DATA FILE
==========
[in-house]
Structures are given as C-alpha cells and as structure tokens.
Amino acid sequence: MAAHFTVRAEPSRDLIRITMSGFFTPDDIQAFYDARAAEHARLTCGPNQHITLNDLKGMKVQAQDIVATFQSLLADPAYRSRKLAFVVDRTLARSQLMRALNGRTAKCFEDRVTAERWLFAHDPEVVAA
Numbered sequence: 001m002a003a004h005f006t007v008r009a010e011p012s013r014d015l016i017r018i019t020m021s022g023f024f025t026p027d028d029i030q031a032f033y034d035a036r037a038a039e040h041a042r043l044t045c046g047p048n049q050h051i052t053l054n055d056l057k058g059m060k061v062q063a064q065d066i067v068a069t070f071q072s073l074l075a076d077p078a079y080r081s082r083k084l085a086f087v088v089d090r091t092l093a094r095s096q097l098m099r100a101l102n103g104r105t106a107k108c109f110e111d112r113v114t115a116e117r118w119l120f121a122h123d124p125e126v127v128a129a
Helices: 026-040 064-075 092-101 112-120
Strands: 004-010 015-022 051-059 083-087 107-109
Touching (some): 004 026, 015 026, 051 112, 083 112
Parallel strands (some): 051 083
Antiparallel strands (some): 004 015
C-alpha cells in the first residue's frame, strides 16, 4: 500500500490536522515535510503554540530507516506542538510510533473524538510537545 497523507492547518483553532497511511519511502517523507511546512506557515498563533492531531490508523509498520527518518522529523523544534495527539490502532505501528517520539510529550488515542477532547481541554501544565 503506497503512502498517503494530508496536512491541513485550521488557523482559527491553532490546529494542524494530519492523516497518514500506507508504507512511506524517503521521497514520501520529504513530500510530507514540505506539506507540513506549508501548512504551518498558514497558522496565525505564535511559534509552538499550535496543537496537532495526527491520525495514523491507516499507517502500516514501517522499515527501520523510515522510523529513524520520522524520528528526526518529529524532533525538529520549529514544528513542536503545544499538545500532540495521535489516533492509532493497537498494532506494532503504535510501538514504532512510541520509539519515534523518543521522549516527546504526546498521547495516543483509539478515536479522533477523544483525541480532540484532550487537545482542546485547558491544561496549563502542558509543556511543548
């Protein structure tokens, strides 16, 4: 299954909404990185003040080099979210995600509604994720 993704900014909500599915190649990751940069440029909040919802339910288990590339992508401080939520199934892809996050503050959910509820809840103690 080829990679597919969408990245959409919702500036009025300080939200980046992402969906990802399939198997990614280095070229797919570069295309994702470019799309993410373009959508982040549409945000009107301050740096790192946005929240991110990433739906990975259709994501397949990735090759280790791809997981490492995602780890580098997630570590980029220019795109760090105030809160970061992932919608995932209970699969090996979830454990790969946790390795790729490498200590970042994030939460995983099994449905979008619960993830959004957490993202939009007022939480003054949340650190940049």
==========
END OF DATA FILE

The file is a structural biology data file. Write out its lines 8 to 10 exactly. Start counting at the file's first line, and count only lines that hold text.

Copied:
Parallel strands (some): 051 083
Antiparallel strands (some): 004 015
C-alpha cells in the first residue's frame, strides 16, 4: 500500500490536522515535510503554540530507516506542538510510533473524538510537545 497523507492547518483553532497511511519511502517523507511546512506557515498563533492531531490508523509498520527518518522529523523544534495527539490502532505501528517520539510529550488515542477532547481541554501544565 503506497503512502498517503494530508496536512491541513485550521488557523482559527491553532490546529494542524494530519492523516497518514500506507508504507512511506524517503521521497514520501520529504513530500510530507514540505506539506507540513506549508501548512504551518498558514497558522496565525505564535511559534509552538499550535496543537496537532495526527491520525495514523491507516499507517502500516514501517522499515527501520523510515522510523529513524520520522524520528528526526518529529524532533525538529520549529514544528513542536503545544499538545500532540495521535489516533492509532493497537498494532506494532503504535510501538514504532512510541520509539519515534523518543521522549516527546504526546498521547495516543483509539478515536479522533477523544483525541480532540484532550487537545482542546485547558491544561496549563502542558509543556511543548